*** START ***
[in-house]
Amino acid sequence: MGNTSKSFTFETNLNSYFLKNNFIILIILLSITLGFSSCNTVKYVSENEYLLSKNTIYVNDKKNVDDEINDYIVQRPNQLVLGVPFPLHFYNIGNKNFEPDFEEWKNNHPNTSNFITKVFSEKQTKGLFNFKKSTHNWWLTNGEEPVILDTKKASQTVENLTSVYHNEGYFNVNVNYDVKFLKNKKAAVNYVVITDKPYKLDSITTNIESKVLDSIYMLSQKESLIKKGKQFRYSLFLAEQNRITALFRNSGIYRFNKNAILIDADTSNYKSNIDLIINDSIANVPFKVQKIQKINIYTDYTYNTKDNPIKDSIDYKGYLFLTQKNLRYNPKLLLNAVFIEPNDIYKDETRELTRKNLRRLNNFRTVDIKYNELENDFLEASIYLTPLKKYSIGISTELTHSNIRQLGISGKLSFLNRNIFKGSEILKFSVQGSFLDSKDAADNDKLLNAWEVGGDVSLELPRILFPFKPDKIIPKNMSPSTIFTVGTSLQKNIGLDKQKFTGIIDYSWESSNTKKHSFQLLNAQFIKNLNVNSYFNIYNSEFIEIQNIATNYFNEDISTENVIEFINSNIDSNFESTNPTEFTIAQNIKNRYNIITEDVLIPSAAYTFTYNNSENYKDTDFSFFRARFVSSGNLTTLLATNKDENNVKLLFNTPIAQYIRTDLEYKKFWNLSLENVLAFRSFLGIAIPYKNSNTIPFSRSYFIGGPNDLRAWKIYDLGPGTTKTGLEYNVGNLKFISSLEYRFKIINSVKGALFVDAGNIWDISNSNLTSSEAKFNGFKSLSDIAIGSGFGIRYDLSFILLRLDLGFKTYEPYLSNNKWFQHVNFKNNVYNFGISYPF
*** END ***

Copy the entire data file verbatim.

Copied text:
[in-house]
Amino acid sequence: MGNTSKSFTFETNLNSYFLKNNFIILIILLSITLGFSSCNTVKYVSENEYLLSKNTIYVNDKKNVDDEINDYIVQRPNQLVLGVPFPLHFYNIGNKNFEPDFEEWKNNHPNTSNFITKVFSEKQTKGLFNFKKSTHNWWLTNGEEPVILDTKKASQTVENLTSVYHNEGYFNVNVNYDVKFLKNKKAAVNYVVITDKPYKLDSITTNIESKVLDSIYMLSQKESLIKKGKQFRYSLFLAEQNRITALFRNSGIYRFNKNAILIDADTSNYKSNIDLIINDSIANVPFKVQKIQKINIYTDYTYNTKDNPIKDSIDYKGYLFLTQKNLRYNPKLLLNAVFIEPNDIYKDETRELTRKNLRRLNNFRTVDIKYNELENDFLEASIYLTPLKKYSIGISTELTHSNIRQLGISGKLSFLNRNIFKGSEILKFSVQGSFLDSKDAADNDKLLNAWEVGGDVSLELPRILFPFKPDKIIPKNMSPSTIFTVGTSLQKNIGLDKQKFTGIIDYSWESSNTKKHSFQLLNAQFIKNLNVNSYFNIYNSEFIEIQNIATNYFNEDISTENVIEFINSNIDSNFESTNPTEFTIAQNIKNRYNIITEDVLIPSAAYTFTYNNSENYKDTDFSFFRARFVSSGNLTTLLATNKDENNVKLLFNTPIAQYIRTDLEYKKFWNLSLENVLAFRSFLGIAIPYKNSNTIPFSRSYFIGGPNDLRAWKIYDLGPGTTKTGLEYNVGNLKFISSLEYRFKIINSVKGALFVDAGNIWDISNSNLTSSEAKFNGFKSLSDIAIGSGFGIRYDLSFILLRLDLGFKTYEPYLSNNKWFQHVNFKNNVYNFGISYPF